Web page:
Investing in the small-cap arena can be an extremely profitable adventure if you choose well and don’t get sucked into the latest fad or ‘story stock’, which so often ends in tears and a potential gaping hole in your portfolio.
The potential of a greater reward also comes with greater risk, especially with stocks exposed to a particular sector, many of whom can lack the breadth and scale of their larger, more mature counterparts that occupy the FTSE 100 and FTSE 250 indices.
With the above in mind, I thought that I would highlight three announcements from three small caps that caught my eye last week — why I would steer clear of two of them and do some more research on the other, which appears to be in recovery mode.
The Knives Are Out!
First up is Tungsten Corporation (LSE: TUNG). As you can see from the chart below, the shares in this e-invoicing outfit initially outperformed the FTSE 100 by a considerable margin: they peaked at 399 pence each in September 2014, yet have been sliding ever since.
This can often be the case for businesses that initially promise so much… then crash as they disappoint the market with results way below those initially indicated. In July 2014, the EPS figure for the year ending 30th April 2016 expected by brokers was just under 22 pence per share. As I type, that figure stands at minus 14.5 pence per share — that 36.5 pence downward revision has played its part in seeing the shares crash to around 74 pence each.
Now, it’s fair to say that this could well be a first-class company in the making, but as an investor I would want to see plenty of the green shoots of growth before putting any of my hard-earned cash into the company. Personally, I believe that there will be a couple of additional placings going forward before the company becomes profitable. It will depend on the mood of the market at what price these placings occur – for now, this is not a knife I want to catch.
Next, let’s have a look at Mycelx Technologies (LSE: MYX). This is a very interesting clean-water technology company. It provides water-treatment solutions to the oil and gas, power, marine and heavy manufacturing sectors. Its product MYCELX polymer uses molecular cohesion to remove oil from water. It claims that its technology can achieve oil removal to less than one part per million (ppm).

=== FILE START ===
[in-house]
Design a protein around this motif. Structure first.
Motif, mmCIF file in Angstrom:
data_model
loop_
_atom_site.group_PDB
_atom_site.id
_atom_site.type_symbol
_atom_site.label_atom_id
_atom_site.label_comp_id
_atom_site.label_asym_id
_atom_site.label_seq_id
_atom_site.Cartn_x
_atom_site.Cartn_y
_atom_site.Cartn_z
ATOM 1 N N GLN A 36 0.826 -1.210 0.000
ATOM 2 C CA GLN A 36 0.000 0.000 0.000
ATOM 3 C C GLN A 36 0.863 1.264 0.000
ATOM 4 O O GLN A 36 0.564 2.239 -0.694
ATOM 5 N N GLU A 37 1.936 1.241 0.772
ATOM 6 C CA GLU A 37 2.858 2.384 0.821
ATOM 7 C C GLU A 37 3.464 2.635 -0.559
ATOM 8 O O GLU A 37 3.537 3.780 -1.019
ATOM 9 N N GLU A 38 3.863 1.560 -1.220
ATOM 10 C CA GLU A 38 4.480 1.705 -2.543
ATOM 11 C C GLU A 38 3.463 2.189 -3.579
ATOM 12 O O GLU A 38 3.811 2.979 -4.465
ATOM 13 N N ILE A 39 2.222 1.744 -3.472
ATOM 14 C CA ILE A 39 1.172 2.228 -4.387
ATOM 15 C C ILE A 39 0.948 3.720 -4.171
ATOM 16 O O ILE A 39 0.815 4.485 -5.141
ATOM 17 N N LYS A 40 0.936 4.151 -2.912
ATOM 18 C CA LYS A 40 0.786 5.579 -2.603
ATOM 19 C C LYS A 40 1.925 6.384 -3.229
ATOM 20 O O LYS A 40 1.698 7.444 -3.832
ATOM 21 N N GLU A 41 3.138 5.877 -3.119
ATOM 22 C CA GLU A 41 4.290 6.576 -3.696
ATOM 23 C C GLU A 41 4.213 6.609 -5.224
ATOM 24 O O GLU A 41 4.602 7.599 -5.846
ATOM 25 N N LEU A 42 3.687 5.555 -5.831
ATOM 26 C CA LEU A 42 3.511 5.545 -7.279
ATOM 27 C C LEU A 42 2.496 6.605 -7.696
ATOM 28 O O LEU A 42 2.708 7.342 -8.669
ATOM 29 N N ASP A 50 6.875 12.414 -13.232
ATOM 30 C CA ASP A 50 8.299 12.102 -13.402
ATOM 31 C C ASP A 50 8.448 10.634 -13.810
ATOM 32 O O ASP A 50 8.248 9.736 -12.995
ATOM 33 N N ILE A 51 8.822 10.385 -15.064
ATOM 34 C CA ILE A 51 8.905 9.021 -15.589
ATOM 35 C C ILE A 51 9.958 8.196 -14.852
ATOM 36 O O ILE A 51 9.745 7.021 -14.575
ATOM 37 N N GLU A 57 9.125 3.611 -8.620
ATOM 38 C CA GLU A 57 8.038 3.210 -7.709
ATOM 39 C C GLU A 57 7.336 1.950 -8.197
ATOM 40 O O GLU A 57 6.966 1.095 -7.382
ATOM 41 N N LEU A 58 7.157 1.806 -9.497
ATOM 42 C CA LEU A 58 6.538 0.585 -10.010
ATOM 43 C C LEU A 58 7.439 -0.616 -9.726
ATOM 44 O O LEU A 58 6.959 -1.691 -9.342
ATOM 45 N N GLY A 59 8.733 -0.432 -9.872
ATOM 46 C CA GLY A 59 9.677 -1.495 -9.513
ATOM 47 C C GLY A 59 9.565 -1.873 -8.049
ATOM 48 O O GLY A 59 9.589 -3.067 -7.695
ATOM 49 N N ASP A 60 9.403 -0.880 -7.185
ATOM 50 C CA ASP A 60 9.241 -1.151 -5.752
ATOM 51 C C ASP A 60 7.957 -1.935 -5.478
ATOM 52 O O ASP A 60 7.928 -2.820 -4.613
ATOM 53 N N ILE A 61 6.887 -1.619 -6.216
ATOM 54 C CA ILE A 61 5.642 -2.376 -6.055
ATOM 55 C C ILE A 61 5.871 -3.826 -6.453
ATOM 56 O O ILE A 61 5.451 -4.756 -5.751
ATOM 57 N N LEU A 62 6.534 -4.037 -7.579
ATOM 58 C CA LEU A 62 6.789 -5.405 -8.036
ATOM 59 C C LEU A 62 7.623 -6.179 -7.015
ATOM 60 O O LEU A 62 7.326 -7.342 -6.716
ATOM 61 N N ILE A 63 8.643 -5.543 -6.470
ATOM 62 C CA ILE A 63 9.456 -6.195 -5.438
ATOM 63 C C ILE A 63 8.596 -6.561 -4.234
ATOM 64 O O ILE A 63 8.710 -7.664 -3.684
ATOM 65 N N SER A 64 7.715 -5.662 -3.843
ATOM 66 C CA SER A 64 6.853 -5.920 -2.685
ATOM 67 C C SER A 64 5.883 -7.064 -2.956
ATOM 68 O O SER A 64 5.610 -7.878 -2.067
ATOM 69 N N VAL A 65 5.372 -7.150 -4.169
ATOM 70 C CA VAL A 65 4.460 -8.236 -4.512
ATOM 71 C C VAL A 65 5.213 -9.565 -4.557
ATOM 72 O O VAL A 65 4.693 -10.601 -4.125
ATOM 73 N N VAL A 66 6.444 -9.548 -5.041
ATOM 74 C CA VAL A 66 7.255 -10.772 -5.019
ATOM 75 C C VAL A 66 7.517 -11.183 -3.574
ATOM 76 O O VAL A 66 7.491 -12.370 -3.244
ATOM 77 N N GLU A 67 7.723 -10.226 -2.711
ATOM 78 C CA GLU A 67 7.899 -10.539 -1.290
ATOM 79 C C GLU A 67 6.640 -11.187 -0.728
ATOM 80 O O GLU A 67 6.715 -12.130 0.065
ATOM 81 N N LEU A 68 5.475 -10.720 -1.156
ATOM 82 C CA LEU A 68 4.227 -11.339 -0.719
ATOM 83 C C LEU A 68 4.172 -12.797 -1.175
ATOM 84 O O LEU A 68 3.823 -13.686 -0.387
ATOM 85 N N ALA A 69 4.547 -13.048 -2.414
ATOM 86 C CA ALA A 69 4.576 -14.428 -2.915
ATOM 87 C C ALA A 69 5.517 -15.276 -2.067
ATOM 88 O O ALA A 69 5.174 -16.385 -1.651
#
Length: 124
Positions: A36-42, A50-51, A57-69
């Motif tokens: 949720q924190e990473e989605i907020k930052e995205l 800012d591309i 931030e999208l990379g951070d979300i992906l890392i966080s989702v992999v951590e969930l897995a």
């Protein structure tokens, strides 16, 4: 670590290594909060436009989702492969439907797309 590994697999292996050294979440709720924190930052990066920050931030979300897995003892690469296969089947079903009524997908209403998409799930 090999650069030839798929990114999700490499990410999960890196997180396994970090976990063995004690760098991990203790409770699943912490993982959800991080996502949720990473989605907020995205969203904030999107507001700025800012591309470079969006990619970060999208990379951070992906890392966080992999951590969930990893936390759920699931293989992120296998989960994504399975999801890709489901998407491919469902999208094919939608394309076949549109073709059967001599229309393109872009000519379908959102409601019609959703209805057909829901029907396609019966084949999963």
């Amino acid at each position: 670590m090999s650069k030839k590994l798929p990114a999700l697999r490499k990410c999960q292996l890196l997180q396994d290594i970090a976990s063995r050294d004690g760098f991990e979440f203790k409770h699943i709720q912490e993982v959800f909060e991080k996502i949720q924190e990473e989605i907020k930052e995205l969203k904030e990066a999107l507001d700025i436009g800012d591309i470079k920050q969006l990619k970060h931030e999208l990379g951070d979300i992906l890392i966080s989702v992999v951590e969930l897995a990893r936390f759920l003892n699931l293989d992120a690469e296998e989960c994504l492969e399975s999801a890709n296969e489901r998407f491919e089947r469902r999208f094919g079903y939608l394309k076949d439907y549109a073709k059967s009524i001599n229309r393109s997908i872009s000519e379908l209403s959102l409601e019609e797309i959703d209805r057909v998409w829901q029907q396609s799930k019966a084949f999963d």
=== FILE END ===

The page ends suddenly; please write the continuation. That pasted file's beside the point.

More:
That’s a pretty impressive claim and, up until recently, the share price reflected the investment thesis of a company at the cutting edge of water treatment, being able to achieve what others struggled to do.
Then, out of the blue, the price of oil collapsed, and explorers either cut back or simply cancelled what had become unprofitable operations. This meant that the company has been forced to revise down its earnings expectations for the full year. In a similar style to Tungsten, analysts were predicting EPS of almost 20 pence per share for the year ending 31st December 2015 – today, it stands at just under 1.4 pence. That puts the shares on a forward PE of around 20 times 2015 earnings – a little too rich for me.
While I wouldn’t rule out a takeover here, for me there’s just too much risk.
On The Mend?
One company that has caught my eye (for the right reasons) recently is Flybe (LSE: FLYB). This was a company already trying to turn itself around. As the chart below illustrates, it hit a bump in the road – the market marked the shares down accordingly – hitting an apparent low in May of around 53 pence per share.
Since the final results were announced in June, the shares have been on a bit of a tear, as the market seemed relieved that there appeared to be no more unknown bad news forthcoming. Indeed, the shares spiked around 16% when the company updated the market last week. Investors seemed to be buying into the possibility that the 7 E195 jets — currently not suitable for any of the routes that the company flies, which could cost a total of around £80 million — may be offloaded at significantly less cost, coupled with the benefit of cheaper fuel.
As with the other two organisations mentioned above, broker forecasts have been heading south but, given the positive nature of the trading statement, I would now expect brokers to start upgrading their forecasts. Additionally, if management can offload the excess planes quickly, I think the shares could fly a lot higher.
The shares currently change hands in the market on around 12 times forward earnings and may offer a small dividend yield going forward – I, for one, will be doing some further research on this company.
Foolish Bottom Line
There is no doubt about it: investors can make a small fortune investing in the small-cap space of under-researched stocks.